The Obama Keystone Shuffle: A Side-Step, A Step Back, And A Misstep

Matthew Sheffield
By Matthew Sheffield | March 26, 2012 | 9:15 AM EDT

After three years of doing everything he can to delay and block domestic oil drilling, President Obama took a quick spin around  the country to pretend otherwise.

Obama tried to portray himself as Mr. Big Oil, drilling everywhere but on the White House lawn, valiantly trying to bring down gas prices. And in Cushing, Oklahoma, he took the brave step of announcing support for a small section of the Keystone XL pipeline that was already going to be built, which Obama has zero power or authority to stop, and which doesn't connect to Canada and, so, won't help bring more oil to the U.S. marketplace.

With average gas prices moving inexorably toward $4 a gallon around the country and a new poll out showing overwhelming support for the Keystone XL pipeline – the WHOLE pipeline - Obama knows his energy policies of restricting drilling on federal lands, shoveling billions of dollars into risky “alternative energy” ventures owned by big Obama campaign donors, and pretending we're just around the corner from running our cars on algae is a likely killer at the ballot box this fall.

Unfortunately, he can't fall back on his usual tactic when faced with slumping poll numbers and failed policies – blaming his predecessor. Because gasoline cost $1.83 a gallon when George W. Bush left the Oval Office.

So he resorts to taking credit for things he had nothing to do with – like the increase in domestic oil production over the last few years.
In various energy-related speeches recently, Obama has said things like this: ““Under my administration, America is producing more oil today than at any time in the last eight years.”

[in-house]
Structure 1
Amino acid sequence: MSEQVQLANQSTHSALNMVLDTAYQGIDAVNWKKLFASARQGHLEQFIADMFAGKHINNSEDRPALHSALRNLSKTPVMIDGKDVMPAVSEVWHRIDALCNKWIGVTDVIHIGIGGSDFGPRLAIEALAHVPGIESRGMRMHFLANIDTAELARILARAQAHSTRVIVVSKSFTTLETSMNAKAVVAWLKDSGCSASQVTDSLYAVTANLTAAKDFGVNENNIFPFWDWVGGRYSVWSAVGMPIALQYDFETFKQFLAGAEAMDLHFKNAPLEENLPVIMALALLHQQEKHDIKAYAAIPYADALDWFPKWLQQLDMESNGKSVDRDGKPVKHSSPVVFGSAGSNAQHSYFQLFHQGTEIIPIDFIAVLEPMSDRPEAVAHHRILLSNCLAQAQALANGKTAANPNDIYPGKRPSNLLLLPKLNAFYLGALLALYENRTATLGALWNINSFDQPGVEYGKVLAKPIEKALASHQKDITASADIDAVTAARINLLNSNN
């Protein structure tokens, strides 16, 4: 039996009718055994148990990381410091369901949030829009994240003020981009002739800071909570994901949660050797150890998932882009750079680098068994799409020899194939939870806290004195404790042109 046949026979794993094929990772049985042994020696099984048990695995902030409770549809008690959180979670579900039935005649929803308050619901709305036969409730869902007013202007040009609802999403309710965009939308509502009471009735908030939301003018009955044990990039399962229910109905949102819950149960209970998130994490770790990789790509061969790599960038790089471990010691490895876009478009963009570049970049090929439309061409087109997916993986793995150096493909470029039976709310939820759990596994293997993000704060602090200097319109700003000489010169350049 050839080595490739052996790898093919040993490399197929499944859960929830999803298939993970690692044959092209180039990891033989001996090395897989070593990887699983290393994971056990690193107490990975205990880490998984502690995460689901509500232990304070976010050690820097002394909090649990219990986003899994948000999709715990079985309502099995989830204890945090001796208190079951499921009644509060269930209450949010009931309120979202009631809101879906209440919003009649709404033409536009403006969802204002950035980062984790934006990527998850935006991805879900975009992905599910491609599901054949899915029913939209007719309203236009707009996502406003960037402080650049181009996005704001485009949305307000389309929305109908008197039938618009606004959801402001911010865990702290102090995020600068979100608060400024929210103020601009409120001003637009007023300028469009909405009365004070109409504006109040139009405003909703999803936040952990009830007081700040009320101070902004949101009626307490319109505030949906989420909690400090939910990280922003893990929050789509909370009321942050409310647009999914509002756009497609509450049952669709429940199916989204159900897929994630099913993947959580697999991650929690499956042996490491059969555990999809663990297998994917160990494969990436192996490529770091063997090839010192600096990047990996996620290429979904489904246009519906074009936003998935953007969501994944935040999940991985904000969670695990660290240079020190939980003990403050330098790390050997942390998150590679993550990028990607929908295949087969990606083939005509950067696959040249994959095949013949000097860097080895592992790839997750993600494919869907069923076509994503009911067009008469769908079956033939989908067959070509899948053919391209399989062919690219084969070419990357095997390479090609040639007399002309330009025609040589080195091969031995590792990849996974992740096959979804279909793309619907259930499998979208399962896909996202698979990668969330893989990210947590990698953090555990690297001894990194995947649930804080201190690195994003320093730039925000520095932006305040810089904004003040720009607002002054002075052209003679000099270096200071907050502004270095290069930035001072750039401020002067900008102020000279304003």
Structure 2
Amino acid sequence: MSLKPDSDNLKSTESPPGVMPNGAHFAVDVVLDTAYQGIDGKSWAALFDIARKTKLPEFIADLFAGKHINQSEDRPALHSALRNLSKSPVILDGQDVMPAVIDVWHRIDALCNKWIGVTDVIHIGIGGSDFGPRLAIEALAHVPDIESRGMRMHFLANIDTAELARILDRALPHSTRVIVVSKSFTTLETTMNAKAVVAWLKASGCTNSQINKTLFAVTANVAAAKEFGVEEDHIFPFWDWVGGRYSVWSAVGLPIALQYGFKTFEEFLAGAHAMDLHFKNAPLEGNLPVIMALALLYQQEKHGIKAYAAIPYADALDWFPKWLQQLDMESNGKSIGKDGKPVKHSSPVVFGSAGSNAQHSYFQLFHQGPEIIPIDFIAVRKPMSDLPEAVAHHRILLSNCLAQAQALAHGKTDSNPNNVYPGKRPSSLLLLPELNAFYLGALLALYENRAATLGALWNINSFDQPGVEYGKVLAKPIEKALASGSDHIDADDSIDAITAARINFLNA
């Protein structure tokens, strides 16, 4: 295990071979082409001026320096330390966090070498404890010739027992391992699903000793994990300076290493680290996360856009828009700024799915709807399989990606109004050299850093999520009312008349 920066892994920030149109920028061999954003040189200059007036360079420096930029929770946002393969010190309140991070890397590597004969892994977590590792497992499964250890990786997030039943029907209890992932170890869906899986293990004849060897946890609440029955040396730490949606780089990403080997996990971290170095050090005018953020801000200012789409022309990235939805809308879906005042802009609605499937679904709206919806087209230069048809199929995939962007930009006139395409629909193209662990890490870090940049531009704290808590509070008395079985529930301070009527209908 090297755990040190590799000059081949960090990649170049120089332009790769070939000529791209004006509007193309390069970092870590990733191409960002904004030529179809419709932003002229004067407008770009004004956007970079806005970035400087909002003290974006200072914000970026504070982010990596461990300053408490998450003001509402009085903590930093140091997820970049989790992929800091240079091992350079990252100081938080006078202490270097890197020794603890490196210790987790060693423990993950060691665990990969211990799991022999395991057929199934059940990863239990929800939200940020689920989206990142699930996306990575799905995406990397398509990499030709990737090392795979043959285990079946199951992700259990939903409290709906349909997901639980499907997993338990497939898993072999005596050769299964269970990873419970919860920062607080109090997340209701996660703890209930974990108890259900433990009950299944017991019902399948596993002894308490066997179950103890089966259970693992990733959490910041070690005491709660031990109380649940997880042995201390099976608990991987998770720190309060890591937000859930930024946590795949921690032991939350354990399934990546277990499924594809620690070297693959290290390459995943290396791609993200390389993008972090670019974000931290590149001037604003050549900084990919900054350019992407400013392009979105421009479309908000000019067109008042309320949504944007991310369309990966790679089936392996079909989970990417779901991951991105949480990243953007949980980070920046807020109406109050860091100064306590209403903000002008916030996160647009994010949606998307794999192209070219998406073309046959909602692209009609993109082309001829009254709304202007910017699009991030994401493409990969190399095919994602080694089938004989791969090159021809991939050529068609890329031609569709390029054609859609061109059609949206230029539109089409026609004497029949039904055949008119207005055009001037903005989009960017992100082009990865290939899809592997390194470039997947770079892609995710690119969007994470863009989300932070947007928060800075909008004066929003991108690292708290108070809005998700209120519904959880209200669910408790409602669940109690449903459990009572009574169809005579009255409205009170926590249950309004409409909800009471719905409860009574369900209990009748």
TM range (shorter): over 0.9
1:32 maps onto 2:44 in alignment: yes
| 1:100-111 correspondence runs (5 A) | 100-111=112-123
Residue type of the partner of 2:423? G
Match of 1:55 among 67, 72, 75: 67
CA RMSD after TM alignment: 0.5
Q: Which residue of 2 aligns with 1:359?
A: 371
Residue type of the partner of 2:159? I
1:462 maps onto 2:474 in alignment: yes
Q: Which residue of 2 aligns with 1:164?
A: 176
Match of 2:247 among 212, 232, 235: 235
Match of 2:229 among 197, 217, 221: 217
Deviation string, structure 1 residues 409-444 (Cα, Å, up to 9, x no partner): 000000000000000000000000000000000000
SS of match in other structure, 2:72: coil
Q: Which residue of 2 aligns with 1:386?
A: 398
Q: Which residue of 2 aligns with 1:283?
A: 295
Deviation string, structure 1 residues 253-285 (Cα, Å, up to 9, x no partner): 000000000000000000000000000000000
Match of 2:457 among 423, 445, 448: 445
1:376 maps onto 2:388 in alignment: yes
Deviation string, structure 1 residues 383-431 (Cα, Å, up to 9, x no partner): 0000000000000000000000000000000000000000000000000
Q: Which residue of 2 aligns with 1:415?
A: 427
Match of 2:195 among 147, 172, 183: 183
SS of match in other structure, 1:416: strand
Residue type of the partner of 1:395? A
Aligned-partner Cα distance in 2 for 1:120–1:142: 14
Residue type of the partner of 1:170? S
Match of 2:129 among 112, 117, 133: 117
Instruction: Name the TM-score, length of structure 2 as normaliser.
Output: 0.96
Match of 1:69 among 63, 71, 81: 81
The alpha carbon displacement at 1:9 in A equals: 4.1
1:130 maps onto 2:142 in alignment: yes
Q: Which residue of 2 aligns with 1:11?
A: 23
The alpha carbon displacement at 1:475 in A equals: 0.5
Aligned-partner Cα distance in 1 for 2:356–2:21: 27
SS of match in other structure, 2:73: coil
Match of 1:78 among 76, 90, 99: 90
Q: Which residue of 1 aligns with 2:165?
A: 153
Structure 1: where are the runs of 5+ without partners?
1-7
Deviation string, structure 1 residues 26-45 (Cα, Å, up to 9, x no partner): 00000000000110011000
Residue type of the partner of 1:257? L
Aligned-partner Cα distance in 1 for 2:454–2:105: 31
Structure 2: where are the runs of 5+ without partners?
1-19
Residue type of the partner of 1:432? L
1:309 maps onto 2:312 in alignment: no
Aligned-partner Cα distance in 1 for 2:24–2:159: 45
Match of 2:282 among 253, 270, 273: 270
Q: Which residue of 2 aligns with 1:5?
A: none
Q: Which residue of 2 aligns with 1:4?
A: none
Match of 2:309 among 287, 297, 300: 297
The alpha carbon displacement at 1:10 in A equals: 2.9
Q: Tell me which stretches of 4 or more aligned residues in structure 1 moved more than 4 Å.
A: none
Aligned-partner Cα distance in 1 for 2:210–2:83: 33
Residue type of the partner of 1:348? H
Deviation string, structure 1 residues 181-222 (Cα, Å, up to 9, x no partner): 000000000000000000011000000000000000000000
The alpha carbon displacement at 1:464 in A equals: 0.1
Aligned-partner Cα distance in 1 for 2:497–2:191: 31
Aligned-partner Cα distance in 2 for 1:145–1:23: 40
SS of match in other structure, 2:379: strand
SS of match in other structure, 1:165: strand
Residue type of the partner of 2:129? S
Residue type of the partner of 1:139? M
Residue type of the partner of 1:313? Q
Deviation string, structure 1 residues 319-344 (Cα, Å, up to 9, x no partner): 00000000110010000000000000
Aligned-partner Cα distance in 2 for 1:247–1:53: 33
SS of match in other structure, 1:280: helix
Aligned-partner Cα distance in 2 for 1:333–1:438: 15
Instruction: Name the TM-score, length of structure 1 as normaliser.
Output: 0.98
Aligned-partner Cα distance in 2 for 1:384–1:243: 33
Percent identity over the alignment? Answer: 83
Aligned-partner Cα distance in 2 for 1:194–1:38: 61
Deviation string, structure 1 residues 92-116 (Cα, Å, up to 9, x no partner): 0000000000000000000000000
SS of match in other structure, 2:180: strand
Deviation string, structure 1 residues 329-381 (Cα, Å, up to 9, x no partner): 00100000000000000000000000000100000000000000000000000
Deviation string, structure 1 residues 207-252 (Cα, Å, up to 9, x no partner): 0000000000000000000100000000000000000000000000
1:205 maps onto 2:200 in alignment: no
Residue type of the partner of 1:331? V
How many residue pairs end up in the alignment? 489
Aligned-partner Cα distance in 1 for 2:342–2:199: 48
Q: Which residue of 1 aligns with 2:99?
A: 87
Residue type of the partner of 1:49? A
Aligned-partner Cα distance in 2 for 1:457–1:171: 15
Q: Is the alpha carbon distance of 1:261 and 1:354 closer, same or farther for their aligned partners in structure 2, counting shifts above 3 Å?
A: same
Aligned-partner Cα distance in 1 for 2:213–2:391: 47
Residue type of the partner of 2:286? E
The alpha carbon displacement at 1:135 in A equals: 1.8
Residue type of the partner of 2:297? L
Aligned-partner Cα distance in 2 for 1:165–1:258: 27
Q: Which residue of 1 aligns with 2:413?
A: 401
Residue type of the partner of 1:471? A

True, but misleading.

It would have happened had John McCain won the 2008 election. Or Hillary Clinton. Or Mike Huckabee. Or you.

That's because approximately 96 percent of the total increase in domestic oil production occurred on non-federal land, according to a study prepared by the nonpartisan Congressional Research Service which examined oil production on federal and non-federal land between 2007-2011.

Meanwhile, earlier this month, the Energy Information Administration reported  that oil and natural gas production on federal land declined 40 percent over the past decade and 14 percent in 2011 alone.

With only months to go now before voters render their verdict on Obama's presidency, there's little Obama can do to affect gas prices, so he's trying to deflect the blame and make people forget about that time, not too long ago, when Obama admitted he want higher gas prices, a policy goal his energy secretary also shares.

But most voters are motorists, too – and many not only drive a car to and from work, they drive a vehicle at work, too. They know that solar panels, wind farms and algae aren't going to replace unleaded anytime soon.

Voters aren't stupid. Even in the places Obama visited on his “energy tour,” they all know Air Force One doesn't run on sunbeams and algae.

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